VOL. 133 | NO. 148 | Friday, July 27, 2018
Turnout Growing With 2 Days to Vote Before Aug. 2
By Bill Dries
With two days left in the early voting period, 63,244 citizens had cast ballots in Shelby County in advance of the Aug. 2 election day. The last day of the early voting period is Saturday, July 28.
Through Wednesday, the last day with available primary participation numbers as of press time, early voters participating in the state and federal Democratic primaries outnumbered those voting in the Republican primaries 32,673 to 21,497.
The turnout through Thursday of more than 63,000 compares to 65,803 at the same point in the same election cycle in 2014 and 74,471 in 2010. The 2010 and 2014 totals reflect 21 early voting sites compared to 27 in the current election. Five sites were open the first three days of early voting this year compared to one site open the first two days in 2010 and 2014.
Betty Robinson uses her candidate’s sign to keep the sun out of her eyes while campaigning at the Mississippi Blvd. Church polling location on Wednesday July 25, 2018. Early voting wraps up on Saturday with a number of key local primaries up for grabs. (Daily News/Jim Weber)
Follow the early voting turnout numbers through Saturday @tdnpols, www.twitter.com/tdnpols.
A list of early voting sites and their hours can be found at www.shelbyvote.com, the website of the Shelby County Election Commission.
Candidates in the county general election as well as contenders in the state and federal primaries will be blitzing the county and state on the last weekend for campaigning before election day on Thursday, Aug. 2.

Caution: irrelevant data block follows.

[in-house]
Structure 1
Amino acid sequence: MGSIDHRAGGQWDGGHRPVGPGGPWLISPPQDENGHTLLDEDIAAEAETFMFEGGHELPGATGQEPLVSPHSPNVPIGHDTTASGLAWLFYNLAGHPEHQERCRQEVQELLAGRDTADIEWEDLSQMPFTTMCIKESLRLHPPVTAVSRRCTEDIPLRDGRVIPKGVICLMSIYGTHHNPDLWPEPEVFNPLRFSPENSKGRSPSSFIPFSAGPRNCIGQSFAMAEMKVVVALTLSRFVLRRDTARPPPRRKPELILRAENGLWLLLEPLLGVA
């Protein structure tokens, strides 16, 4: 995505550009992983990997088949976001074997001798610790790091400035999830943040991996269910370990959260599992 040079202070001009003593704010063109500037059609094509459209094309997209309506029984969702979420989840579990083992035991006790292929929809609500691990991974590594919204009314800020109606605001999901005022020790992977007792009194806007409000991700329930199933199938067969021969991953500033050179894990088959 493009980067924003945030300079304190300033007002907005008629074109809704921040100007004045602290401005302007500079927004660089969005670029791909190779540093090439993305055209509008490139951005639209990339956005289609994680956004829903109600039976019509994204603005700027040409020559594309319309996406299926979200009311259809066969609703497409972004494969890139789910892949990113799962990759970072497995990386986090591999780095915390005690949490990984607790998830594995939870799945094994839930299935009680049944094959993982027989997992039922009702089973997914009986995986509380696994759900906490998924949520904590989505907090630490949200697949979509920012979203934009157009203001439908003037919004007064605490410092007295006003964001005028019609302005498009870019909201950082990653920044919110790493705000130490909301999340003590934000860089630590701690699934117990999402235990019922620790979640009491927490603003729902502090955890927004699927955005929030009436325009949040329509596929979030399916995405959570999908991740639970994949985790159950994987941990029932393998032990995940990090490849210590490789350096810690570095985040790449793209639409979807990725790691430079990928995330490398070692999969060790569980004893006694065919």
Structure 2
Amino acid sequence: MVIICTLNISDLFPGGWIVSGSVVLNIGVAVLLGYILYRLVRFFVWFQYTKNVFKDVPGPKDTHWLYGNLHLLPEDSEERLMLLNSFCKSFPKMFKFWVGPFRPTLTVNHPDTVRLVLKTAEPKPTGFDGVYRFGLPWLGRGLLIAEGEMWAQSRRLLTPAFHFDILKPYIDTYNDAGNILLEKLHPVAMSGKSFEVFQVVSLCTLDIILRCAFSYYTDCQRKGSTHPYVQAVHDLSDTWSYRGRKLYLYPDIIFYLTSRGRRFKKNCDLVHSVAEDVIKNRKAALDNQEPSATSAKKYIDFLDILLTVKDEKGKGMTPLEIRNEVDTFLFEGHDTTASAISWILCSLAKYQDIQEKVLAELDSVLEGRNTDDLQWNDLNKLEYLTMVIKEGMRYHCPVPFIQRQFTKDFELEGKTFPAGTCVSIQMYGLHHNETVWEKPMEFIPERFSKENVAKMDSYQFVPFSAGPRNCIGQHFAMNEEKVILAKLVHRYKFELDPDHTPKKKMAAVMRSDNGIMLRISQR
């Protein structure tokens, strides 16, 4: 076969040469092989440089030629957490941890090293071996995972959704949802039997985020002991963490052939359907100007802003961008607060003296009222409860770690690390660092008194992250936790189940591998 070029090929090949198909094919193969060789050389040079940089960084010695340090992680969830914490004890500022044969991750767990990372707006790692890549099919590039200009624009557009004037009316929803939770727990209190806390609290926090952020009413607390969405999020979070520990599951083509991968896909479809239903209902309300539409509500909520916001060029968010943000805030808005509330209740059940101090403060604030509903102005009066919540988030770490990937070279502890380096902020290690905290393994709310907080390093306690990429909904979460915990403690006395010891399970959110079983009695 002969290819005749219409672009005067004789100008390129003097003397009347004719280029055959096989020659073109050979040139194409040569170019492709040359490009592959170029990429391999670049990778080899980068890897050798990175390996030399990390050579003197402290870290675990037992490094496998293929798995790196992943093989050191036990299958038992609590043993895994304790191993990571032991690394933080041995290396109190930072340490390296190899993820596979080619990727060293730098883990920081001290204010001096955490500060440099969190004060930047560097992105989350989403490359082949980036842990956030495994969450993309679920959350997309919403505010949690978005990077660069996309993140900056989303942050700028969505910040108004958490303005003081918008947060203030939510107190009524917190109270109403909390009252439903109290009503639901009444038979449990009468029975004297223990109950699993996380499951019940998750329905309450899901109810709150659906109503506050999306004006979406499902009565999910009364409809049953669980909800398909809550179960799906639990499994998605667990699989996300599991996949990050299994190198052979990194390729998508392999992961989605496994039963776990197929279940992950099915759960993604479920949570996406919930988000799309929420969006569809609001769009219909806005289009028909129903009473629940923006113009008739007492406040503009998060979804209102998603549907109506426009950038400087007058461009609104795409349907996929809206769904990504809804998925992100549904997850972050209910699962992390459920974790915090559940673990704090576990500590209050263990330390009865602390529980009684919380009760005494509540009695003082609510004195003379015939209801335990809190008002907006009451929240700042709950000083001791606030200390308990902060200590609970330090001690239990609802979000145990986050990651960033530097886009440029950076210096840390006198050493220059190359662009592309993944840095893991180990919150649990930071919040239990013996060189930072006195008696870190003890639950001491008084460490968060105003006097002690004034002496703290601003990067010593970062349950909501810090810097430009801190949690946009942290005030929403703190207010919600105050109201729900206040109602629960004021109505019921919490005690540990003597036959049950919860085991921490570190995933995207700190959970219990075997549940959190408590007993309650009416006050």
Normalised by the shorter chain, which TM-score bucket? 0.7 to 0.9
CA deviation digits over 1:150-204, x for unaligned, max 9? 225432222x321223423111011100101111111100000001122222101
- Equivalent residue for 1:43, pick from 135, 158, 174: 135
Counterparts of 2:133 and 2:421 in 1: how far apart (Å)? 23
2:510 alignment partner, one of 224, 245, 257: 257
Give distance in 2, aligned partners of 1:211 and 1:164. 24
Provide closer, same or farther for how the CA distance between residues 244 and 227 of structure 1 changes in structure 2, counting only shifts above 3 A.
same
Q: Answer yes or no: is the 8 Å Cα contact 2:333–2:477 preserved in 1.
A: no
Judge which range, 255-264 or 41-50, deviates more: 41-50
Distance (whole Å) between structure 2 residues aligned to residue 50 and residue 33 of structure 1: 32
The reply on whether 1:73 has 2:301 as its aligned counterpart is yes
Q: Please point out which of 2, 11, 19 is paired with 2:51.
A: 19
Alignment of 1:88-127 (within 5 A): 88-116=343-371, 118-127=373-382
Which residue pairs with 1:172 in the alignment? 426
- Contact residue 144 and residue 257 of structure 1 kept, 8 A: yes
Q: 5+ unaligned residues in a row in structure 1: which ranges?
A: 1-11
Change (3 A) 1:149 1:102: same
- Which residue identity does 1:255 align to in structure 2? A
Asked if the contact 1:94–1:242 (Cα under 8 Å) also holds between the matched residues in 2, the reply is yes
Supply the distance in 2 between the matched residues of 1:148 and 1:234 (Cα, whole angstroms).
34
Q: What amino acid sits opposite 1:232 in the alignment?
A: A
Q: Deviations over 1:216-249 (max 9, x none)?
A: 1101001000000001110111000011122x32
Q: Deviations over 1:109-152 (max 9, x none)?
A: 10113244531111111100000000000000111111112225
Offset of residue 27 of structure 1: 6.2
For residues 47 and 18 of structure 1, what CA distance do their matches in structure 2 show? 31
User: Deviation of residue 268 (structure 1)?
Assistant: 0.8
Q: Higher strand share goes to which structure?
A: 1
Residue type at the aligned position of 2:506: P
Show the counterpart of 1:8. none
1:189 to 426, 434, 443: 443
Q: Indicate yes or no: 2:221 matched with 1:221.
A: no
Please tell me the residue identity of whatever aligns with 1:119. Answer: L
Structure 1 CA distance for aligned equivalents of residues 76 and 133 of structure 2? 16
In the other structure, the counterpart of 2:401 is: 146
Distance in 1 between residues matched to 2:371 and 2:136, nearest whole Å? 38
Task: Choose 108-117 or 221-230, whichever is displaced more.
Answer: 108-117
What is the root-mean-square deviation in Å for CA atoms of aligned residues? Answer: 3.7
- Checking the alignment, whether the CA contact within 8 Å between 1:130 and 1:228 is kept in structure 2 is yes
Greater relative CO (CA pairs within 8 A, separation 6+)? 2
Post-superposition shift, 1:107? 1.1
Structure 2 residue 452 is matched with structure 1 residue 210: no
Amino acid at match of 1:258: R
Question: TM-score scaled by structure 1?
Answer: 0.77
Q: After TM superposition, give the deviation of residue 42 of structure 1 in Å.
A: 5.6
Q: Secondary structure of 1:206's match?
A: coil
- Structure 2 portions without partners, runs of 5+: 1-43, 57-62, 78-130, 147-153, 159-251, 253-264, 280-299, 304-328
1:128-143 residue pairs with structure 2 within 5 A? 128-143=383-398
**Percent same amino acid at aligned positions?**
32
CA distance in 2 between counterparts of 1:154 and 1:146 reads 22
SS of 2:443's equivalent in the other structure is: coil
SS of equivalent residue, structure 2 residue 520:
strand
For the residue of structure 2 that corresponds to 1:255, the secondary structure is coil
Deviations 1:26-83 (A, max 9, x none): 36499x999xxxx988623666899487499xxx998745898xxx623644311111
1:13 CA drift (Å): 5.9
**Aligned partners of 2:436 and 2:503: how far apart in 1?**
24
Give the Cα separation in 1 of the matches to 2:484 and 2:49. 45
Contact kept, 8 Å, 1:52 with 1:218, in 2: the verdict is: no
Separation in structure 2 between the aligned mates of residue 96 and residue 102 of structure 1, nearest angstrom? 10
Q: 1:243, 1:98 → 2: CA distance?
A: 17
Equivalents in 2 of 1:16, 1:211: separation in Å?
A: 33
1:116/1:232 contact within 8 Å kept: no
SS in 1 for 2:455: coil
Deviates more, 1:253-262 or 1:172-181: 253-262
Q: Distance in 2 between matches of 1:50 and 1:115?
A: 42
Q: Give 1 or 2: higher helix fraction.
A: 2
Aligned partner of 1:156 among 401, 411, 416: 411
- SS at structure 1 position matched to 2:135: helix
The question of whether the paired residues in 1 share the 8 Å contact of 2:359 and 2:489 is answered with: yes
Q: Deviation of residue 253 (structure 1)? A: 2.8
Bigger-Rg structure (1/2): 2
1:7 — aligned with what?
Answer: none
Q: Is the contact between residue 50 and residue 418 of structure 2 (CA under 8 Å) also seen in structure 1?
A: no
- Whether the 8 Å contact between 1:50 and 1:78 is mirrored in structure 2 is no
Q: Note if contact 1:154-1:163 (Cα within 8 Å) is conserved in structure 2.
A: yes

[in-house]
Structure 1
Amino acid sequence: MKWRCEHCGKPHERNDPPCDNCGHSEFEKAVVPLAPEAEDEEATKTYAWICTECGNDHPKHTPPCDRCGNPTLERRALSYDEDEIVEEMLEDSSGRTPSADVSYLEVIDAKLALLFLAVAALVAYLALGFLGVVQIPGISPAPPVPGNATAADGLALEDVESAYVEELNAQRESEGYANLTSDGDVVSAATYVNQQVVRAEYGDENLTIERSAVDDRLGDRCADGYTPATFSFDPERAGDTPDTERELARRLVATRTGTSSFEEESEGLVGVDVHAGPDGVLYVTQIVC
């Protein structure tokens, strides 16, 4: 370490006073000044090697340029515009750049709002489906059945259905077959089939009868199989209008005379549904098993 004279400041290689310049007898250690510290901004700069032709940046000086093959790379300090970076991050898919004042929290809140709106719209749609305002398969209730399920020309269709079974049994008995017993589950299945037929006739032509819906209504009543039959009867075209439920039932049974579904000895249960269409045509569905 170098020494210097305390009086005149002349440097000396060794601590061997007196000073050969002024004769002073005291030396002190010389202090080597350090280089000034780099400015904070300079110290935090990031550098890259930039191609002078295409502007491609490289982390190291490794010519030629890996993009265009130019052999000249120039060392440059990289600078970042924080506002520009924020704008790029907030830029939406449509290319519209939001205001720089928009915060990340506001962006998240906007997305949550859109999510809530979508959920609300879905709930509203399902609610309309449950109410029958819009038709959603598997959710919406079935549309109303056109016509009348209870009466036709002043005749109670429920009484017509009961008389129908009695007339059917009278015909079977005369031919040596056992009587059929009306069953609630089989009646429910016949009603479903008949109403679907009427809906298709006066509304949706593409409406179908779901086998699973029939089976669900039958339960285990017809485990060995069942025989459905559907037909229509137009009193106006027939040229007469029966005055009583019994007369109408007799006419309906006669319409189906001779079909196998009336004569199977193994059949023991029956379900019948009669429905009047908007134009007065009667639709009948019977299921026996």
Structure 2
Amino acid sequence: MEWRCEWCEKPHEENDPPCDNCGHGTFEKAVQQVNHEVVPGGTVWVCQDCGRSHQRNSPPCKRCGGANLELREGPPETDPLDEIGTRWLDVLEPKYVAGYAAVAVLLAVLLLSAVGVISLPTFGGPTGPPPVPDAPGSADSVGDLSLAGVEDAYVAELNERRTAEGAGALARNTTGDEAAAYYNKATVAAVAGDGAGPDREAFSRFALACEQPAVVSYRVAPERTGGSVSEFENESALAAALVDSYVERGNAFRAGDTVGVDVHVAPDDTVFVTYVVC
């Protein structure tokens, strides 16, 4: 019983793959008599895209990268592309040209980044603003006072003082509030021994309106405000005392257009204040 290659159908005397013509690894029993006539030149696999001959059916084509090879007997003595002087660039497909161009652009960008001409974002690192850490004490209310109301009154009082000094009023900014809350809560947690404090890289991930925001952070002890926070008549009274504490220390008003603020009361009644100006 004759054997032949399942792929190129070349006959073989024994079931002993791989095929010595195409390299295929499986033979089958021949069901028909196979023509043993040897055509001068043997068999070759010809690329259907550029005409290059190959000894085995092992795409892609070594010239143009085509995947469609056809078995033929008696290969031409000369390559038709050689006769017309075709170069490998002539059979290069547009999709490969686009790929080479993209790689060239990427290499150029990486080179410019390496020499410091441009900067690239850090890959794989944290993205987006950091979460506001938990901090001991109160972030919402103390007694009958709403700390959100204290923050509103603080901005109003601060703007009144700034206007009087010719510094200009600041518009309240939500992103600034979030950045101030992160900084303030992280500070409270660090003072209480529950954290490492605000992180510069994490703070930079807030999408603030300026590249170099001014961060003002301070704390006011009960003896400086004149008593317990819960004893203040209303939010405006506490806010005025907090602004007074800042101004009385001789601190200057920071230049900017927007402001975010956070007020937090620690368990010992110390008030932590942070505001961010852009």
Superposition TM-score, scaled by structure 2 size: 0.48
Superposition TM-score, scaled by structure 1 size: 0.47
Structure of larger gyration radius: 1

The county general election ballot is topped by the race for Shelby County mayor between Democrat Lee Harris and Republican David Lenoir.
The state and federal primary ballots are topped by primaries for Tennessee governor and U.S. Senate.
Republicans statewide have a four-way primary for governor between U.S. Rep. Diane Black, former state Economic and Community Development commissioner Randy Boyd, Franklin businessman Bill Lee and state House Speaker Beth Harwell.
Democrats have a two-way primary between former Nashville mayor Karl Dean and Ripley State Rep. Craig Fitzhugh.
The winners in each advance to the Nov. 6 general election ballot.
The race for the U.S. Senate seat has already moved into general election campaign territory, with presumptive Democratic nominee and former Gov. Phil Bredesen facing only token opposition in the primary, as is presumptive Republican nominee and U.S. Rep. Marsha Blackburn in her primary.
The top three precincts through Wednesday where early voters live all had majority Republican totals.
Precinct 57-00, which votes on election day at Second Baptist Church in East Memphis, had a turnout of 20.77 percent of the 4,578 voters who live in the precinct. Of that total 659 voted in the Republican primary and 277 in the Democratic primary.
In 55-02, which votes at Evangel Church, 17.2 percent of the 3,335 voters there had cast early ballots. Of that, 367 voted in the Republican primary and 203 in the Democratic primary.
The 80-02 precinct that votes at Opera Memphis on Humphreys Boulevard had a closer partisan divide with 356 voting in the Republican primary compared to 231 in the Democratic primary for an overall turnout of 15.4 percent of the 3,811 voters in the precinct.